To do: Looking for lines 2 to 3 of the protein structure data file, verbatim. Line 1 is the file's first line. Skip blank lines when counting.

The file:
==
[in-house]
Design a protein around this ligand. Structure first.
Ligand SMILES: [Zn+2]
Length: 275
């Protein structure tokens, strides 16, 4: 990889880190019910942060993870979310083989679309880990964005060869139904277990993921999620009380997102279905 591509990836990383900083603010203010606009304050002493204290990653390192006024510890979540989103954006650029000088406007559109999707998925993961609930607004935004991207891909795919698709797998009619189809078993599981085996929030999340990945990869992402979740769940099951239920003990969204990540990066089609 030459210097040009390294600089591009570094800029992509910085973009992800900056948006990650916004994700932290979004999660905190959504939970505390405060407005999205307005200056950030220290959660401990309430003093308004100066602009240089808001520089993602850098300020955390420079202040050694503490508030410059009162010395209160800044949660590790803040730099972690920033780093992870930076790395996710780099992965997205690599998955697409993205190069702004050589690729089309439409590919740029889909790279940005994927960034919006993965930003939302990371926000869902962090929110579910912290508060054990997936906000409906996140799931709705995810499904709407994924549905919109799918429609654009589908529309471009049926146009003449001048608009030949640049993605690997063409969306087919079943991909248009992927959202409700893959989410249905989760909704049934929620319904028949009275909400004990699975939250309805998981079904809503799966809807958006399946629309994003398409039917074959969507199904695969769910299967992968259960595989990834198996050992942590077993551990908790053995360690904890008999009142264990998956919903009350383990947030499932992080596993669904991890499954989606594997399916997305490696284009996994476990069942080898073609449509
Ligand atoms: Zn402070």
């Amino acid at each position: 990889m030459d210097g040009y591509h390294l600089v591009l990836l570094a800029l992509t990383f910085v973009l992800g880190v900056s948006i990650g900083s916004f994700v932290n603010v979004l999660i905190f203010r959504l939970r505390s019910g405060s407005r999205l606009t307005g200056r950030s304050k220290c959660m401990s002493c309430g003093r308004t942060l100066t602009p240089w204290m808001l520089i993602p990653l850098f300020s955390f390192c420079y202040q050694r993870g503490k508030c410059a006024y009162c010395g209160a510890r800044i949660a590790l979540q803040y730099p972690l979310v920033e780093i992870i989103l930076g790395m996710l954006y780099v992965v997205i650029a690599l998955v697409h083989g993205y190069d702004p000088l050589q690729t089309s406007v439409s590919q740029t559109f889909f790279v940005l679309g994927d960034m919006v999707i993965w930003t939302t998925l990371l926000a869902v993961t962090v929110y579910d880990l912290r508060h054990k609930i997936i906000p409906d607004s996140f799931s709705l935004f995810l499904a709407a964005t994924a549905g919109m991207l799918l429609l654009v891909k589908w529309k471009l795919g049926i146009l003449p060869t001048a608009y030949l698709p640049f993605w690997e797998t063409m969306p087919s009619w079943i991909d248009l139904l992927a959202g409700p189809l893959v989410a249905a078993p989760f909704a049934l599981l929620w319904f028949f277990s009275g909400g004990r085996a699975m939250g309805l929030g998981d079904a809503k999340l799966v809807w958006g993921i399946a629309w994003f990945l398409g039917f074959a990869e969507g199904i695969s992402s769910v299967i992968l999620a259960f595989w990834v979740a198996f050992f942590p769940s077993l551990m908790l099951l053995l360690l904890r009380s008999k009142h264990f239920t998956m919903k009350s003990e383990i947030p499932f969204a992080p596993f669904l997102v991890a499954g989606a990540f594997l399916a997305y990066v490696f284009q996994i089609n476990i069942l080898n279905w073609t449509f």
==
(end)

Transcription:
Design a protein around this ligand. Structure first.
Ligand SMILES: [Zn+2]